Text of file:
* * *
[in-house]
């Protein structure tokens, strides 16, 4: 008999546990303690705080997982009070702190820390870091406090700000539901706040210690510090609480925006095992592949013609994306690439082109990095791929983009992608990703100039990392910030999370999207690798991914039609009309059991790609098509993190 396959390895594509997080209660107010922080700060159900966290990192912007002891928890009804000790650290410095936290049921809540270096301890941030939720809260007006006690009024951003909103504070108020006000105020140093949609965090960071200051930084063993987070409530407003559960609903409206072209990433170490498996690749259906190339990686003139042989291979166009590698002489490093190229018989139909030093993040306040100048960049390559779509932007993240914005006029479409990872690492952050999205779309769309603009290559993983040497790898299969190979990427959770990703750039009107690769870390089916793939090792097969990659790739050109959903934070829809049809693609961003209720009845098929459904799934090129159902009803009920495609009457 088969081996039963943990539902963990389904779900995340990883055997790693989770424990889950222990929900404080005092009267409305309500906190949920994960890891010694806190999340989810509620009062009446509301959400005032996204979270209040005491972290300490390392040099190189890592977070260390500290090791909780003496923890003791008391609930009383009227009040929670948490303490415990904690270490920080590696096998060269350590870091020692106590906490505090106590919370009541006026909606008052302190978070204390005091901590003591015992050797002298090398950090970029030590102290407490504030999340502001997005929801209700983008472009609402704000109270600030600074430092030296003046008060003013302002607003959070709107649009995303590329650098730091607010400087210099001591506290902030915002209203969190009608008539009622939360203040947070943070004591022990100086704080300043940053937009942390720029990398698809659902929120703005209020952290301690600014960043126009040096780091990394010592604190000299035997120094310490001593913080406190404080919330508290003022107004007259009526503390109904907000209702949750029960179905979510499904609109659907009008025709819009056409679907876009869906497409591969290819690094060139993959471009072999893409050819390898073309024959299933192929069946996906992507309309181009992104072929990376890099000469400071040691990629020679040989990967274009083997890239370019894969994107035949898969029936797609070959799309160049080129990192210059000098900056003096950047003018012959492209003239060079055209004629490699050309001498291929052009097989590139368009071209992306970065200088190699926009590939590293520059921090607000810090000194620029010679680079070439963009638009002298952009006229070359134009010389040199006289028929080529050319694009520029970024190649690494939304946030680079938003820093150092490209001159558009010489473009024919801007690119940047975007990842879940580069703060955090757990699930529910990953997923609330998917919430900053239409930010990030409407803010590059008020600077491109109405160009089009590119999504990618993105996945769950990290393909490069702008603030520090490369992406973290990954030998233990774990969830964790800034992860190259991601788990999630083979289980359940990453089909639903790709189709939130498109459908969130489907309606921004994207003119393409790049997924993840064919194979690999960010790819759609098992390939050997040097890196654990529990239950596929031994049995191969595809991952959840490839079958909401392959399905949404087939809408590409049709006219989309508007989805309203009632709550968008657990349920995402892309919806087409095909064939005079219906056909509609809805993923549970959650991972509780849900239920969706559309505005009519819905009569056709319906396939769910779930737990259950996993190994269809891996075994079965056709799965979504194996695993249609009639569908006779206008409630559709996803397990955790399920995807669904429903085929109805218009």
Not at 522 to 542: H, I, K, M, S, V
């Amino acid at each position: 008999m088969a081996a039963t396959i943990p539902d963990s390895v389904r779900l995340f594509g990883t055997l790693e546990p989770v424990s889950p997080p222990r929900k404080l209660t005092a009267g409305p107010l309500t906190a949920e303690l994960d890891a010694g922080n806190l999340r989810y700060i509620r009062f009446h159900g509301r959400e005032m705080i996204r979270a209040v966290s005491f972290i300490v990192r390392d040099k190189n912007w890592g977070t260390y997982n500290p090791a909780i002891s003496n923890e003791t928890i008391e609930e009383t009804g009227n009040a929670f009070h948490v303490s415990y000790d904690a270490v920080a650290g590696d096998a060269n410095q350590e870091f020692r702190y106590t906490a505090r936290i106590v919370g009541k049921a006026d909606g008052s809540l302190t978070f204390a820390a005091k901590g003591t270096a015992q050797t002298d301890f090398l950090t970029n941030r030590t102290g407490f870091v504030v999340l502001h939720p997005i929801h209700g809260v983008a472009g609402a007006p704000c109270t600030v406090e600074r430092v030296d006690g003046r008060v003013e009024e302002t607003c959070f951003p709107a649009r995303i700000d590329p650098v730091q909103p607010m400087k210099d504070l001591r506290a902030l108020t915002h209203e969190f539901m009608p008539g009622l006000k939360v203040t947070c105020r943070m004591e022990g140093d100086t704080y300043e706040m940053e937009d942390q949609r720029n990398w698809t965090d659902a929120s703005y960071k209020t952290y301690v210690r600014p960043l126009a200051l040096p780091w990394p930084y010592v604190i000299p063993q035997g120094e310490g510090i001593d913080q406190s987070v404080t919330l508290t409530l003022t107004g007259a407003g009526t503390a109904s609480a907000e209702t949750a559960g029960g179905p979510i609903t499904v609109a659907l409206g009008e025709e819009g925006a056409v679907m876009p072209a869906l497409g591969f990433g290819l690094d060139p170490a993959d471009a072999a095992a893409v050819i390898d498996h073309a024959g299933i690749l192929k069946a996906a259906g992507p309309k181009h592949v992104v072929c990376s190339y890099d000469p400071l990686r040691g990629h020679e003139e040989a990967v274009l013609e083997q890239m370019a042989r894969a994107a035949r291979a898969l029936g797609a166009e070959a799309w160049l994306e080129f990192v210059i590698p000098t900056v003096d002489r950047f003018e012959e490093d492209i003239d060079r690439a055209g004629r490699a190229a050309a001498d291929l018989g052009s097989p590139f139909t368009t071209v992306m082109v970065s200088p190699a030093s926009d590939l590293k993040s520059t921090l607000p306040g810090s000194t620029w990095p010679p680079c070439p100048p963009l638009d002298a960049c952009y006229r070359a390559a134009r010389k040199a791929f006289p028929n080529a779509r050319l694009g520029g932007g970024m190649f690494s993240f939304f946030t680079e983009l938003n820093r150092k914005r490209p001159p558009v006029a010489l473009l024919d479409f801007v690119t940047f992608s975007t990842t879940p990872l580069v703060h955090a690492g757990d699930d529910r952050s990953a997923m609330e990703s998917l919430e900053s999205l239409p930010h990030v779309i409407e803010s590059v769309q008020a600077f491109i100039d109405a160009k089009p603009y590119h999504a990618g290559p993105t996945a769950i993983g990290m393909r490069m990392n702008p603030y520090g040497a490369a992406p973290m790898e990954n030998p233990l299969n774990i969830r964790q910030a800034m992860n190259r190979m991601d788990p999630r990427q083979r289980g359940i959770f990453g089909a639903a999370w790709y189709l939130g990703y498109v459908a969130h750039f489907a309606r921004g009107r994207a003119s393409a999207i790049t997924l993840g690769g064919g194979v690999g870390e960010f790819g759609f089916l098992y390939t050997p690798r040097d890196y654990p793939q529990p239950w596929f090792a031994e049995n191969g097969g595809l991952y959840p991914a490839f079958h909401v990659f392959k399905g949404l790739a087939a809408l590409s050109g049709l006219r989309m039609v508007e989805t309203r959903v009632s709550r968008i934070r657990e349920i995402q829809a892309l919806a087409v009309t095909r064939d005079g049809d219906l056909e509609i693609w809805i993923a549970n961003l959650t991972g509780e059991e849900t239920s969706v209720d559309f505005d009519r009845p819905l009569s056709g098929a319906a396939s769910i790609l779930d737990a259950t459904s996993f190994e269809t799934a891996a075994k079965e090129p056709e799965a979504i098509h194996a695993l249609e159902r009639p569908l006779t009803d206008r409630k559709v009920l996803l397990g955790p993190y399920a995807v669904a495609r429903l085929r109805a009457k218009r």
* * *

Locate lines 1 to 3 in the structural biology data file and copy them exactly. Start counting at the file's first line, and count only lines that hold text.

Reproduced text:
[in-house]
């Protein structure tokens, strides 16, 4: 008999546990303690705080997982009070702190820390870091406090700000539901706040210690510090609480925006095992592949013609994306690439082109990095791929983009992608990703100039990392910030999370999207690798991914039609009309059991790609098509993190 396959390895594509997080209660107010922080700060159900966290990192912007002891928890009804000790650290410095936290049921809540270096301890941030939720809260007006006690009024951003909103504070108020006000105020140093949609965090960071200051930084063993987070409530407003559960609903409206072209990433170490498996690749259906190339990686003139042989291979166009590698002489490093190229018989139909030093993040306040100048960049390559779509932007993240914005006029479409990872690492952050999205779309769309603009290559993983040497790898299969190979990427959770990703750039009107690769870390089916793939090792097969990659790739050109959903934070829809049809693609961003209720009845098929459904799934090129159902009803009920495609009457 088969081996039963943990539902963990389904779900995340990883055997790693989770424990889950222990929900404080005092009267409305309500906190949920994960890891010694806190999340989810509620009062009446509301959400005032996204979270209040005491972290300490390392040099190189890592977070260390500290090791909780003496923890003791008391609930009383009227009040929670948490303490415990904690270490920080590696096998060269350590870091020692106590906490505090106590919370009541006026909606008052302190978070204390005091901590003591015992050797002298090398950090970029030590102290407490504030999340502001997005929801209700983008472009609402704000109270600030600074430092030296003046008060003013302002607003959070709107649009995303590329650098730091607010400087210099001591506290902030915002209203969190009608008539009622939360203040947070943070004591022990100086704080300043940053937009942390720029990398698809659902929120703005209020952290301690600014960043126009040096780091990394010592604190000299035997120094310490001593913080406190404080919330508290003022107004007259009526503390109904907000209702949750029960179905979510499904609109659907009008025709819009056409679907876009869906497409591969290819690094060139993959471009072999893409050819390898073309024959299933192929069946996906992507309309181009992104072929990376890099000469400071040691990629020679040989990967274009083997890239370019894969994107035949898969029936797609070959799309160049080129990192210059000098900056003096950047003018012959492209003239060079055209004629490699050309001498291929052009097989590139368009071209992306970065200088190699926009590939590293520059921090607000810090000194620029010679680079070439963009638009002298952009006229070359134009010389040199006289028929080529050319694009520029970024190649690494939304946030680079938003820093150092490209001159558009010489473009024919801007690119940047975007990842879940580069703060955090757990699930529910990953997923609330998917919430900053239409930010990030409407803010590059008020600077491109109405160009089009590119999504990618993105996945769950990290393909490069702008603030520090490369992406973290990954030998233990774990969830964790800034992860190259991601788990999630083979289980359940990453089909639903790709189709939130498109459908969130489907309606921004994207003119393409790049997924993840064919194979690999960010790819759609098992390939050997040097890196654990529990239950596929031994049995191969595809991952959840490839079958909401392959399905949404087939809408590409049709006219989309508007989805309203009632709550968008657990349920995402892309919806087409095909064939005079219906056909509609809805993923549970959650991972509780849900239920969706559309505005009519819905009569056709319906396939769910779930737990259950996993190994269809891996075994079965056709799965979504194996695993249609009639569908006779206008409630559709996803397990955790399920995807669904429903085929109805218009």
Not at 522 to 542: H, I, K, M, S, V